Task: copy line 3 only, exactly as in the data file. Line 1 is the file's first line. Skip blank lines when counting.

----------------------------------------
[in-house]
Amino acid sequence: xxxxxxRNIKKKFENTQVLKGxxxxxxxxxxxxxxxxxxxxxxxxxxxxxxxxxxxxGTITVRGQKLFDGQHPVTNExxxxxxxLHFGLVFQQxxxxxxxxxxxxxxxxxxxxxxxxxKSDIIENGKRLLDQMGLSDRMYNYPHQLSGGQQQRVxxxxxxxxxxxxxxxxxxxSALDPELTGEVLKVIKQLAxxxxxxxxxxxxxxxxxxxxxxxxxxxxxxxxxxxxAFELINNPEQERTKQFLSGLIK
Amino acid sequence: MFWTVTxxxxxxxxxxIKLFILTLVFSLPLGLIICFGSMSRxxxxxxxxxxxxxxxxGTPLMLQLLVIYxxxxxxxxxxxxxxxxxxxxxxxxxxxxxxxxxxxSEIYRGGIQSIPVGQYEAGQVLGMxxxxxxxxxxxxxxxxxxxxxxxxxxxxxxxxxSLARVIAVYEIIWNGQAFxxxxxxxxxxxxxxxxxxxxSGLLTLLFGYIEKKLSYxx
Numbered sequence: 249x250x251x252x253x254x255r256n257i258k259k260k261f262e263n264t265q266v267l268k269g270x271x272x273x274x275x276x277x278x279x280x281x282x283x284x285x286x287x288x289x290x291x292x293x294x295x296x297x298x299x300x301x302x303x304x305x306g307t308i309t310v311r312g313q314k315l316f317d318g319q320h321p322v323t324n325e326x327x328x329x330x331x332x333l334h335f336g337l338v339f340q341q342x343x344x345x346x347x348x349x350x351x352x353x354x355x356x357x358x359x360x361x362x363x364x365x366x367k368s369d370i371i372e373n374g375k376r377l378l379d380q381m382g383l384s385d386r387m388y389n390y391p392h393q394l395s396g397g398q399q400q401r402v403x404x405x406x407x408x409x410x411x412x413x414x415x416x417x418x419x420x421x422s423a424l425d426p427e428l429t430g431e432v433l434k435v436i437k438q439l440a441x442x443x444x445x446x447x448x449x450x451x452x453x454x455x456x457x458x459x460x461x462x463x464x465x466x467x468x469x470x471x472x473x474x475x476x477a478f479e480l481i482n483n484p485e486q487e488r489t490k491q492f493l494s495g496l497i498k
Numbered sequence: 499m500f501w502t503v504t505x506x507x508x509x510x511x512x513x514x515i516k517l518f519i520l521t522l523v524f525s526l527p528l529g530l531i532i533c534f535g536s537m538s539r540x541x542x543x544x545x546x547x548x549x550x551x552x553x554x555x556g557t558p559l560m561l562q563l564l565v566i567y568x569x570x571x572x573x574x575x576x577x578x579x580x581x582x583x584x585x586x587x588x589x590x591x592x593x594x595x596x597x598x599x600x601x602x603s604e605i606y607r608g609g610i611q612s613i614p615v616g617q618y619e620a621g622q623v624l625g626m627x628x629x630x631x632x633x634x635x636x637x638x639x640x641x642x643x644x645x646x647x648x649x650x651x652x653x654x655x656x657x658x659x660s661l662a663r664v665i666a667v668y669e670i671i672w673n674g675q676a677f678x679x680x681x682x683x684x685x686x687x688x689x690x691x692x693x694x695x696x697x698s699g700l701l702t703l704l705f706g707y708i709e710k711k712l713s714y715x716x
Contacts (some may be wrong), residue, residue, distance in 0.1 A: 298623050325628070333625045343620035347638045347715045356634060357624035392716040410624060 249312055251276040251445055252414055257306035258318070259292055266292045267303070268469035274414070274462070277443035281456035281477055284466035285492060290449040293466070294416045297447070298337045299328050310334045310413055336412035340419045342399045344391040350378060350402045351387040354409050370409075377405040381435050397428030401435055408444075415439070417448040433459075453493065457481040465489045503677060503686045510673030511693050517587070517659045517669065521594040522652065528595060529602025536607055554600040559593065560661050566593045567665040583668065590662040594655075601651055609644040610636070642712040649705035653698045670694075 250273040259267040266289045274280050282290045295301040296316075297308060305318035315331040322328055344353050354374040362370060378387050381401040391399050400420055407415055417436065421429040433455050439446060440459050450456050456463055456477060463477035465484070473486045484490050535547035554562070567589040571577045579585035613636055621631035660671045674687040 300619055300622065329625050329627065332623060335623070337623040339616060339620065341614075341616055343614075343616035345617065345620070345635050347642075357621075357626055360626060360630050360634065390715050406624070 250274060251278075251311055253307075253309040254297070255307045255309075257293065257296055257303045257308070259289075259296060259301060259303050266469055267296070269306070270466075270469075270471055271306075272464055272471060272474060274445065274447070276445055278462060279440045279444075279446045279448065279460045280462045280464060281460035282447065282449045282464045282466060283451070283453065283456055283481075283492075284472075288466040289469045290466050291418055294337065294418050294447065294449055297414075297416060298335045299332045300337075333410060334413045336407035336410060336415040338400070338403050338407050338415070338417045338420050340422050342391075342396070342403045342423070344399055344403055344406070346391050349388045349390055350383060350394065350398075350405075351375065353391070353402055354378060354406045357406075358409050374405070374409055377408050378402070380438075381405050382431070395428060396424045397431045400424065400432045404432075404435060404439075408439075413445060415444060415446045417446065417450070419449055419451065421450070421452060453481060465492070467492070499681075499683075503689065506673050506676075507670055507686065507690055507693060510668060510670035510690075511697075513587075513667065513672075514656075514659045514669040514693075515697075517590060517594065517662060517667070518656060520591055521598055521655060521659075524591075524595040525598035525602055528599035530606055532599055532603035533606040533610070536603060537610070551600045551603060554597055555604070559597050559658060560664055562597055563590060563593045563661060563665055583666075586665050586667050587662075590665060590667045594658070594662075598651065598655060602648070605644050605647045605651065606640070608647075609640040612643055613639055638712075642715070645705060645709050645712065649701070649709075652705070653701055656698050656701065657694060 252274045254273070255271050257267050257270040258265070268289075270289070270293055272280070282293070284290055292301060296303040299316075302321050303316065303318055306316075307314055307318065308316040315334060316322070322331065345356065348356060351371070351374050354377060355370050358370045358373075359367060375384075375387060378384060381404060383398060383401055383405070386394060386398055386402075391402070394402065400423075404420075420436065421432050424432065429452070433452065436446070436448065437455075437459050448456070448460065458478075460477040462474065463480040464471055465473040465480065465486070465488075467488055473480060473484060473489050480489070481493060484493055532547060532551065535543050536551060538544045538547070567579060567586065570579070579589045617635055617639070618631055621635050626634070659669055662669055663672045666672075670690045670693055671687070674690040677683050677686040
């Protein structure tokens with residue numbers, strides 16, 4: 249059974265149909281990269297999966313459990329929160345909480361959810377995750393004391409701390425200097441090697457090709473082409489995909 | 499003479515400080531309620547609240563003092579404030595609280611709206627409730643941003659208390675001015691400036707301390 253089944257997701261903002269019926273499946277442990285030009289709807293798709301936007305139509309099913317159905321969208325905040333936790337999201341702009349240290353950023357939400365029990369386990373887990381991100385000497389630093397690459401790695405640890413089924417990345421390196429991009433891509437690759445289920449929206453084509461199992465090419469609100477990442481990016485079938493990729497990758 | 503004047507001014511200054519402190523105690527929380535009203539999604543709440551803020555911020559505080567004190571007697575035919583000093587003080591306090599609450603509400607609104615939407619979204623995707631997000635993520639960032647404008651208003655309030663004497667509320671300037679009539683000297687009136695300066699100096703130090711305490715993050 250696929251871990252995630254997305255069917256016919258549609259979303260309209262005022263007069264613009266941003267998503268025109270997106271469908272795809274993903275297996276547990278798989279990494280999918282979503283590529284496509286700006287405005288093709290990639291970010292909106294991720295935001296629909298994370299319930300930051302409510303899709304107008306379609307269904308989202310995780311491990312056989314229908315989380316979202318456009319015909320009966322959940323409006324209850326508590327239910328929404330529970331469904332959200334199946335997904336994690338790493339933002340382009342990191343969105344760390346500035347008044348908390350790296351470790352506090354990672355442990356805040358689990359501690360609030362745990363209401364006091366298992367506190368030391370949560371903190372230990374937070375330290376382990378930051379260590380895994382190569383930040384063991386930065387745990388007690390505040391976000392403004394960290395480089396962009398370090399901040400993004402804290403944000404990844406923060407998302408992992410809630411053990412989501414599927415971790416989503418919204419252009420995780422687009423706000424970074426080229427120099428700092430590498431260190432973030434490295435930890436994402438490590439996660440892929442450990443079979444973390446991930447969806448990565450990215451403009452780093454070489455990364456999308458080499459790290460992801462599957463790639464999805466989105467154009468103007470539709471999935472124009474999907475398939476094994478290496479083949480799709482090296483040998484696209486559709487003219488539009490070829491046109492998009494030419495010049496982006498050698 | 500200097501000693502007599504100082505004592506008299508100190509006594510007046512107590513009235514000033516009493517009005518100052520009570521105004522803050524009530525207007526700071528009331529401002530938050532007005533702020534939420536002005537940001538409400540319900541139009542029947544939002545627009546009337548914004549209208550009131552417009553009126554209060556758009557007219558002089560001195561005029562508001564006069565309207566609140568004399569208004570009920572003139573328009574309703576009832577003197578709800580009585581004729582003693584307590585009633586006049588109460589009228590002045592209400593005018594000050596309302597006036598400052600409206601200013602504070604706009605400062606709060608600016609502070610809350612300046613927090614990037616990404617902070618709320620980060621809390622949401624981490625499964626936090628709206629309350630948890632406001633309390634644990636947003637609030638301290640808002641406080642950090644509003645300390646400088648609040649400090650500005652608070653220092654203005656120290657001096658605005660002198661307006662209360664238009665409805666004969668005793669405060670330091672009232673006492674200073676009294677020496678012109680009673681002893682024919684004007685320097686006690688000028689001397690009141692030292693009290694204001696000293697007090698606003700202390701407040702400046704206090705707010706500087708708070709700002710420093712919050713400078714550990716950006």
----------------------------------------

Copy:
Amino acid sequence: MFWTVTxxxxxxxxxxIKLFILTLVFSLPLGLIICFGSMSRxxxxxxxxxxxxxxxxGTPLMLQLLVIYxxxxxxxxxxxxxxxxxxxxxxxxxxxxxxxxxxxSEIYRGGIQSIPVGQYEAGQVLGMxxxxxxxxxxxxxxxxxxxxxxxxxxxxxxxxxSLARVIAVYEIIWNGQAFxxxxxxxxxxxxxxxxxxxxSGLLTLLFGYIEKKLSYxx